Sculpt your upper body by workout your shoulders. A great exercise to build and strengthen the shoulders muscles is the upright row. Below we’ll look deeper into upright rows and we’ll cover the following:
- Muscles involved in upright rows
- Benefits associated with upright rows
- How to properly do upright rows
- Upright rows’ modifications
- Common mistakes when performing upright rows
- Shoulder exercises to complete your shoulder workout
- Video on how to do upright rows
Muscles Worked in Upright Rows
The shoulder is the main muscle group being worked. It has several muscles that attach to the scapula, humerus, and clavicle. The largest shoulder muscle is the deltoid, which consists of the anterior, middle, and posterior fibers, giving the shoulder that nice rounded look. There are other muscles — the supraspinatus, infraspinatus, teres minor, and subscapularis — that form the rotator cuff and are vital in the dynamics of shoulder movement.
The upright row is a compound exercise that targets several muscles:
- Anterior deltoids – the front of the shoulders
- Lateral deltoids – the side of the shoulders
- Posterior deltoids – the rear part of the shoulders
- Trapezius – triangular muscles extending over the back of the neck and shoulders
- Rhomboids – muscles located in the upper back in between the scapulas
Benefits of Upright Rows
- Strength: Upright rows help increase shoulder strength.
- Aesthetics & Hypertrophy: They help sculpt fuller, more defined shoulders and traps.
- Fat Loss & Efficiency: The upright row is a compound move that works multiple joints and muscles simultaneously and helps you burn more calories.
- Shoulder Stability & Mobility: The shoulder area is one of the most mobile spheres in the body, allowing for a wide range of motion – rotation, abduction, and adduction. Simultaneously, this versatility makes the shoulder area more prone to injury. This exercise requires internal rotation of the shoulder and works all areas of the deltoids, helping to keep a stable and mobile shoulder joint.
- Posture: Working the anterior, medial, and posterior deltoids, as well as the traps and upper back muscles, helps draw back the shoulders and maintain a more upright posture.
- Exercise Performance: Upright rows help improve shoulder mobility which translates into improved athletic performance during other exercises, such as cleans and snatches. You can increase muscular endurance by using lighter loads for 12-20 reps and 2-4 sets
How to Do Upright Barbell Rows
- Grab a barbell and hold it with an overhand grip down in front of you with your arms extended. Your hands should be positioned at shoulder-width distance.
- Stand tall with your feet shoulder-width apart, back straight, shoulders back, and core tight.
- Lift the barbell up, pulling through your elbows and keeping the weight close to your body.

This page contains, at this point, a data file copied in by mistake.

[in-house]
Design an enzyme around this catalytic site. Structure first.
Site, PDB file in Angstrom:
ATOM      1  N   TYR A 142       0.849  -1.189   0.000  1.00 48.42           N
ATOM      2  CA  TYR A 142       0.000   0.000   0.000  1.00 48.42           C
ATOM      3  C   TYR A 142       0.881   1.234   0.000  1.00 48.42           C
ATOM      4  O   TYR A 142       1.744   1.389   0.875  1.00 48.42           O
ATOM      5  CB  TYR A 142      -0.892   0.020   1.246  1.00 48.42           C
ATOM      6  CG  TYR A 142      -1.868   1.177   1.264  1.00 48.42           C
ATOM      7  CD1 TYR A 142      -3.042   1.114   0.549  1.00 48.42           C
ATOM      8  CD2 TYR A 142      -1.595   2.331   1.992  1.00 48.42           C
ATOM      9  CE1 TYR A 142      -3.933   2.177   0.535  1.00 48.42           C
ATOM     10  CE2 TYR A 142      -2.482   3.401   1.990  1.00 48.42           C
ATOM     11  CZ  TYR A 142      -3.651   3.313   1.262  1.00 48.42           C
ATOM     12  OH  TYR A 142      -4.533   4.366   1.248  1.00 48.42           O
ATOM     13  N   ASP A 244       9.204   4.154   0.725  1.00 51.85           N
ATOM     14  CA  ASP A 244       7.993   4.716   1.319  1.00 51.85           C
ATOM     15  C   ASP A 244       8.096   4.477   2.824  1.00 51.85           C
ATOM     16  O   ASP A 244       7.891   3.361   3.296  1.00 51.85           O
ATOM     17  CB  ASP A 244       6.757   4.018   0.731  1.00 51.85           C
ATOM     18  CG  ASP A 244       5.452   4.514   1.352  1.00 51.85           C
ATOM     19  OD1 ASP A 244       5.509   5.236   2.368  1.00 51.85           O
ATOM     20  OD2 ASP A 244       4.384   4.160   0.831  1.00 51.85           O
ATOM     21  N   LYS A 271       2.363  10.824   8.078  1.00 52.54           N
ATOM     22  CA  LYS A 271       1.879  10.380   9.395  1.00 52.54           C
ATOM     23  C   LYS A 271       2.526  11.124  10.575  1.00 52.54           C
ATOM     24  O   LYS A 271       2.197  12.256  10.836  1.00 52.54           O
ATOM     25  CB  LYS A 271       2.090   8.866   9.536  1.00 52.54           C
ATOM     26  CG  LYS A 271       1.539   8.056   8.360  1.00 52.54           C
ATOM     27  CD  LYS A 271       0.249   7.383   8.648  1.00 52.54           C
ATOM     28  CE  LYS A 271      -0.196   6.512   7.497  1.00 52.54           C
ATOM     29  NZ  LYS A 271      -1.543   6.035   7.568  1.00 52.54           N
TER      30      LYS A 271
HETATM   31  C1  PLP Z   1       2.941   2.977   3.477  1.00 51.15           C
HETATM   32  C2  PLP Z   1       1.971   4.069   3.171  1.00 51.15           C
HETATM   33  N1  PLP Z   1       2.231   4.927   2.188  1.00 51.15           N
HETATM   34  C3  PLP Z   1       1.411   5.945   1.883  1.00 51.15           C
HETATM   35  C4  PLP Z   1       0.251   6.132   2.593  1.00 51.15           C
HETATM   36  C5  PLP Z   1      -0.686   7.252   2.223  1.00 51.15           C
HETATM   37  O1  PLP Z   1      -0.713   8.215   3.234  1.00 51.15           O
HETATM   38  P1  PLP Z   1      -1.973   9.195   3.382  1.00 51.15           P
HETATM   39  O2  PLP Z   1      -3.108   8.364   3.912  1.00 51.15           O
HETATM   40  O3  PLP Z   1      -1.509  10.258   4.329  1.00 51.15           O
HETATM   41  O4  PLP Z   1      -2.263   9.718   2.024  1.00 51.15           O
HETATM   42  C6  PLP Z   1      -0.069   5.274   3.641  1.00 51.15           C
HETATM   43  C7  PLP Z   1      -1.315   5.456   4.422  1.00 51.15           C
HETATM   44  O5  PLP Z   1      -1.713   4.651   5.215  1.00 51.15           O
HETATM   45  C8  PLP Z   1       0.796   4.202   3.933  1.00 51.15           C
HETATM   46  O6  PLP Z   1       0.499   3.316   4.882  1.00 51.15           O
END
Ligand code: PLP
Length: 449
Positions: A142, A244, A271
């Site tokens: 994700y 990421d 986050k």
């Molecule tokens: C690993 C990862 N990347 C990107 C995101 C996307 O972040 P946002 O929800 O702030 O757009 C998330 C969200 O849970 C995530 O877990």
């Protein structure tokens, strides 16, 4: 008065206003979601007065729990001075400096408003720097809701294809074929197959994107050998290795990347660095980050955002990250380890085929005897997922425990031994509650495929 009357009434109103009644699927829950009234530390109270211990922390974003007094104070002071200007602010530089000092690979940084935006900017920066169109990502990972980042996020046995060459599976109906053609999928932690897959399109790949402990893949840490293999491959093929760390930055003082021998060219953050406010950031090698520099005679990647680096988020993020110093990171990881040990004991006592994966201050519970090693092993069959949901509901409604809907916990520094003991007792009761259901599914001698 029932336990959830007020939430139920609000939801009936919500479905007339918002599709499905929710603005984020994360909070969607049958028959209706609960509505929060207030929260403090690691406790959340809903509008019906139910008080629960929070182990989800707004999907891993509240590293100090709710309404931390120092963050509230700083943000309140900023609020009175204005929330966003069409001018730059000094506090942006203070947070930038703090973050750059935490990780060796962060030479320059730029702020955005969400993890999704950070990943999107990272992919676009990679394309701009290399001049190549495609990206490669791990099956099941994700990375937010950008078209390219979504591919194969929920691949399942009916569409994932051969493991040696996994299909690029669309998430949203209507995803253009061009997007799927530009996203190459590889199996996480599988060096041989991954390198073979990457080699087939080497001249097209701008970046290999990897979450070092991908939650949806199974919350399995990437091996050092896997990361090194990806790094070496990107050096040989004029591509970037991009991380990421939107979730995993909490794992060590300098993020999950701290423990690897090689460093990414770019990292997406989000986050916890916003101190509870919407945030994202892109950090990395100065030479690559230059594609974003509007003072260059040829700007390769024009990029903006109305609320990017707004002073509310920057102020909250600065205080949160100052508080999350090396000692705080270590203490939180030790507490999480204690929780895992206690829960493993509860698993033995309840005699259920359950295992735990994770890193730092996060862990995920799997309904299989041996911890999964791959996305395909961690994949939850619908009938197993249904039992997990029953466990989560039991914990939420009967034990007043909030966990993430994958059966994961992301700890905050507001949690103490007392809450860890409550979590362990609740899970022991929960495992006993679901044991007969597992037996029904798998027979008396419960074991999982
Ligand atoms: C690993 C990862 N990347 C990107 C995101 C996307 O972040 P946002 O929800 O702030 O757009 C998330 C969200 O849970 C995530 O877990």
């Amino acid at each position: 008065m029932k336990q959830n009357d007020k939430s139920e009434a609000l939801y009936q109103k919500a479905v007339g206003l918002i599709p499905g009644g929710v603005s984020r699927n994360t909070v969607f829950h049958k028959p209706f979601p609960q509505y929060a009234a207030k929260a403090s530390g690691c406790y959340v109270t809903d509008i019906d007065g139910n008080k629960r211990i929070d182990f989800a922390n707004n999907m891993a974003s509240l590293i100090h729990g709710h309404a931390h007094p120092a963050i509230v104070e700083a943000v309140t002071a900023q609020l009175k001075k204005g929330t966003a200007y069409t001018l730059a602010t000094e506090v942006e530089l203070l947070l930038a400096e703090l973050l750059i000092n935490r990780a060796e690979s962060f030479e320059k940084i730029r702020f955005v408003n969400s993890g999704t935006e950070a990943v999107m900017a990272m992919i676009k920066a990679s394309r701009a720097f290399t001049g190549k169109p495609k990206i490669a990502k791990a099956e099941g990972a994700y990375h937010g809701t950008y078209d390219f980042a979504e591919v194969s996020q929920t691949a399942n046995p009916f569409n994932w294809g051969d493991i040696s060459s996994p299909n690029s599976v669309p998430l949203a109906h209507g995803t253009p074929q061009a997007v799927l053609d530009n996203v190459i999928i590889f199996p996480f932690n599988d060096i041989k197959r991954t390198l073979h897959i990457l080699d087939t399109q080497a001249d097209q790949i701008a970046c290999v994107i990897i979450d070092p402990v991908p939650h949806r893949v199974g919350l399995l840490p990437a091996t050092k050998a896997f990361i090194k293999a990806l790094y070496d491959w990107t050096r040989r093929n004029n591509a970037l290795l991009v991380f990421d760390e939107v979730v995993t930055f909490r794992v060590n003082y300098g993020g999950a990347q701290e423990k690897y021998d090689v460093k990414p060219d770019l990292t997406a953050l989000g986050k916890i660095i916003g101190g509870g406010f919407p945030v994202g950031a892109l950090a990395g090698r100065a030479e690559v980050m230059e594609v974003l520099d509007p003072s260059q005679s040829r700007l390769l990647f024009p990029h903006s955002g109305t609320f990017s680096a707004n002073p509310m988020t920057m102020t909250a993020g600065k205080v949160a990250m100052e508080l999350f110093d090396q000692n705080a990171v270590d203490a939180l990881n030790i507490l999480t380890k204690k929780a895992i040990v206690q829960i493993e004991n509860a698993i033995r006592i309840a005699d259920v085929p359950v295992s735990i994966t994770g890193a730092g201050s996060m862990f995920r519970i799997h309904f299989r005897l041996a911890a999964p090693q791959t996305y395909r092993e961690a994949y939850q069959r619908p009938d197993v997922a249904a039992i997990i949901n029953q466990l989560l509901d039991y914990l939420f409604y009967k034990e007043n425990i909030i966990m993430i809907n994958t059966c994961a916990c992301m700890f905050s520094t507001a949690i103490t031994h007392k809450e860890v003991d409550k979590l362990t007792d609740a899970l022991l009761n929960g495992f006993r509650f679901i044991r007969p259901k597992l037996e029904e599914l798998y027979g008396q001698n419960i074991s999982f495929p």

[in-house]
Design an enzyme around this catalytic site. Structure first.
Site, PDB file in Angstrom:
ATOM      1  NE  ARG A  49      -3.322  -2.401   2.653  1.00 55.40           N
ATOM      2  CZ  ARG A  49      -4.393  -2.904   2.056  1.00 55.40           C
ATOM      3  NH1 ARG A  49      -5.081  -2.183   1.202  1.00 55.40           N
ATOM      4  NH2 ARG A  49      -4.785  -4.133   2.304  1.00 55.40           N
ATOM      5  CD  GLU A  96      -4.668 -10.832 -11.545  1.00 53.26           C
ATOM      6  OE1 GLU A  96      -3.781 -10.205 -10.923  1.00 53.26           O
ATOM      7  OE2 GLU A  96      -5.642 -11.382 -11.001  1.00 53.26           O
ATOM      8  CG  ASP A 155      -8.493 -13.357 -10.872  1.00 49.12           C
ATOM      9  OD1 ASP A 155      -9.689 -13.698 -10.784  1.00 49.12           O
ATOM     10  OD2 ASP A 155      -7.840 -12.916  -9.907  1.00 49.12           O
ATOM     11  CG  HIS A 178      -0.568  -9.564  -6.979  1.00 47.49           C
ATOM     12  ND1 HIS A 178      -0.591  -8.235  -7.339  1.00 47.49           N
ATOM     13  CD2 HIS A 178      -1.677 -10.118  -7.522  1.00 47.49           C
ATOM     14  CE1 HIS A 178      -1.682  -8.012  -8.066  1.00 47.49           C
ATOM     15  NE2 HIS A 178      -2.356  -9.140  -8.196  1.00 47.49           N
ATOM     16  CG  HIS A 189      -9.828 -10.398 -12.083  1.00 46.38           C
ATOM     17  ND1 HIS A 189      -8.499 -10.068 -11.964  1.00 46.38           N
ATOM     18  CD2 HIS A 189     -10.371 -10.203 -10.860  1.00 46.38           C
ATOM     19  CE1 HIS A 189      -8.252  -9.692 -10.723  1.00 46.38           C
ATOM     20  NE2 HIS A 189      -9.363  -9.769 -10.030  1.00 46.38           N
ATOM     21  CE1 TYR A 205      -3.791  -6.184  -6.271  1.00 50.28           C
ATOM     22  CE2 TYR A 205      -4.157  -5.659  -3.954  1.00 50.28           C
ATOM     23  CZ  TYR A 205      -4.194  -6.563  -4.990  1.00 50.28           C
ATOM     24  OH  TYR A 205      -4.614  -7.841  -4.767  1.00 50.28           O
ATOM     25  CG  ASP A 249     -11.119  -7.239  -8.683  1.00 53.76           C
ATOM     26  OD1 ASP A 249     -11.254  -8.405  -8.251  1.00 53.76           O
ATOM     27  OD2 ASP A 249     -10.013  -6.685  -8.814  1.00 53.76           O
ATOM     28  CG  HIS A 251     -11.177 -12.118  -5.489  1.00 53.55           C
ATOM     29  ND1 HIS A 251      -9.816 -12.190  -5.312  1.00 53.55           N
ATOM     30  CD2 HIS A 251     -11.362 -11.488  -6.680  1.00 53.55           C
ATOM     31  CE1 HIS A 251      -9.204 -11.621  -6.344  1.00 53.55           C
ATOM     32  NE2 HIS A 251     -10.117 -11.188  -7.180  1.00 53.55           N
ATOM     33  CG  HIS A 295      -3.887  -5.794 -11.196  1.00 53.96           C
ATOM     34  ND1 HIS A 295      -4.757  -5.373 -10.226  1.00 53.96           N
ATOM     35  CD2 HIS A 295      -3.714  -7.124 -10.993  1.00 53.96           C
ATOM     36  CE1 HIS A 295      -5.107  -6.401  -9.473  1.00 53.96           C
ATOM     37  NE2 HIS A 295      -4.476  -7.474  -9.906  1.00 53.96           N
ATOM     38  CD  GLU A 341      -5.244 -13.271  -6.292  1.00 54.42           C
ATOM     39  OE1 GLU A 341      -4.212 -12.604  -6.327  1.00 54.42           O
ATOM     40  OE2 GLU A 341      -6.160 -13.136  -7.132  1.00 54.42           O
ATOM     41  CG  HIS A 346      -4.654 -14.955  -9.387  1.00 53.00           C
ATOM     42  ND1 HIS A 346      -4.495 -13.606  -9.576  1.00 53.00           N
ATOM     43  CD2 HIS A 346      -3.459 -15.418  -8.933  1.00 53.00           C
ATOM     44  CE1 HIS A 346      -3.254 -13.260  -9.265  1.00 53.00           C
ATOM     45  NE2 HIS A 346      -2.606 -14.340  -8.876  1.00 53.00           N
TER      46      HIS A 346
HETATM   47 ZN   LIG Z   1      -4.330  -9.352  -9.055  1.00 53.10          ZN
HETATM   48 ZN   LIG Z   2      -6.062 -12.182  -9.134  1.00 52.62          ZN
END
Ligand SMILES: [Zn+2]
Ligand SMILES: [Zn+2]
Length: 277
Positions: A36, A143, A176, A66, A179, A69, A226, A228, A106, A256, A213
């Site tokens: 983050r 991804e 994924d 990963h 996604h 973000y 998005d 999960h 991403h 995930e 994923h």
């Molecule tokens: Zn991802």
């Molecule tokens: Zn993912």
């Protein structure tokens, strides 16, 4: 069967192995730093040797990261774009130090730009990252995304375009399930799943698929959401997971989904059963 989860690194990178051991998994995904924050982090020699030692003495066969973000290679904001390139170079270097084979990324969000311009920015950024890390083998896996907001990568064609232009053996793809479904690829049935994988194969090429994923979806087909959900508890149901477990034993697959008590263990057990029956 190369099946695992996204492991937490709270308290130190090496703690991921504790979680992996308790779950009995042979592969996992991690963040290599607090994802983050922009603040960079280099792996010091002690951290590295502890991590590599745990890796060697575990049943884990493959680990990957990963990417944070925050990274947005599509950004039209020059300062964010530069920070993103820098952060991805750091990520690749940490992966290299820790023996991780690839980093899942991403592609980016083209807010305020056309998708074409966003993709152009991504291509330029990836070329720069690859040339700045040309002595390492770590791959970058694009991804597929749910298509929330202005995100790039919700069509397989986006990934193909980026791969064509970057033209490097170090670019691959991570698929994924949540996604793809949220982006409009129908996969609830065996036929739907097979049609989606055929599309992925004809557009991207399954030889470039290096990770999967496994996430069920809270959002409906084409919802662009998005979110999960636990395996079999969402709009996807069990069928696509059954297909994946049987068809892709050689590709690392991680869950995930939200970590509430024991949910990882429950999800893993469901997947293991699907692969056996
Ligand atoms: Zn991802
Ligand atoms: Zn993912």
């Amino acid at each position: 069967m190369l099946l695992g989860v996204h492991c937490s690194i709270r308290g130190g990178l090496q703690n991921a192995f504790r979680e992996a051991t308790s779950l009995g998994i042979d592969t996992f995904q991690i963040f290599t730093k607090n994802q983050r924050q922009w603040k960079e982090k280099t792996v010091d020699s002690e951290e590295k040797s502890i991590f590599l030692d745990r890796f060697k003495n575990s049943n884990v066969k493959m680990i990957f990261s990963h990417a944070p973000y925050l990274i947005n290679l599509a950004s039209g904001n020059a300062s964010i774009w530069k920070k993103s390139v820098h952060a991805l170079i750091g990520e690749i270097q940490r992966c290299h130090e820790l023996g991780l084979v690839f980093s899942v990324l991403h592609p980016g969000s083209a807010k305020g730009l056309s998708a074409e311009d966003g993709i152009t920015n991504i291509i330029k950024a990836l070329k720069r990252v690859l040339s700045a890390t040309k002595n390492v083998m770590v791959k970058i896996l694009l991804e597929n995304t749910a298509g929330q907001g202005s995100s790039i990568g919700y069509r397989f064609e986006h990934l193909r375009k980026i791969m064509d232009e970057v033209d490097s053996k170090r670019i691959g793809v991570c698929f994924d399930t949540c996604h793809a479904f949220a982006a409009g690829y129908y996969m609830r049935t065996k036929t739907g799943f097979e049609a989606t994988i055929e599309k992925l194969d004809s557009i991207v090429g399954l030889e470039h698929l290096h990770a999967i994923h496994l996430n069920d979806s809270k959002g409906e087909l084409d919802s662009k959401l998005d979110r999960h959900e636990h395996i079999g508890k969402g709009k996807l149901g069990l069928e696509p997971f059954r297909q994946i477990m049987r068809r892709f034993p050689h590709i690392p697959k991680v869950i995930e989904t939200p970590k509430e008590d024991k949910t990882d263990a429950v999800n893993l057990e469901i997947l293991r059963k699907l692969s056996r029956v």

- Stop when the barbell is at chest level and your elbows level with your shoulders.
- Pause at the top for a couple of seconds and bring the bar down to starting position.
- Repeat 8-15 times.
*️⃣ You can perform upright rows with dumbbells, a kettlebell, or a barbell.
*️⃣ You can change your hand positioning to challenge different areas: a shoulder-width grip emphasizes the lateral deltoids and trapezius, a wider grip targets more of the posterior shoulders, and a narrower grip targets more the traps and anterior delts.
*️⃣ If you had any shoulder injuries, be cautious. Having your hands locked into position while lifting the bar, internally rotates the shoulders and can irritate shoulder tendons if not performed properly.
Upright Barbell Rows Mistakes
- Avoid lifting your elbows too high – Lifting your arms higher than parallel to the floor can cause shoulder injuries (shoulder impingement or bursitis). Stop when your elbows reach shoulder level.
- Avoid using too much weight – Upright rows don’t require a lot of weight to obtain results. Use a weight that allows you to perform this exercise without using momentum, with a full range of motion, and maintaining control so you can pause slightly at the top and slowly lower the bar.
- Avoid rounding your back – Keep your core engaged and your back straight so you isolate your delts, traps, and upper back instead of putting stress on your back.
- Avoid lifting the bar far away from your body – Keep the bar close to your body so you move the load with the right muscles rather than using your biceps or forearms.
Upright Barbell Row Video
Now that you know how to do upright rows, as well as all their benefits and common mistakes, you can complete your shoulder workout by performing other shoulder exercises: Barbell Front Raise, Lateral Raises, Face Pulls, and Arnold Presses.
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The Fitness Wellness Mentor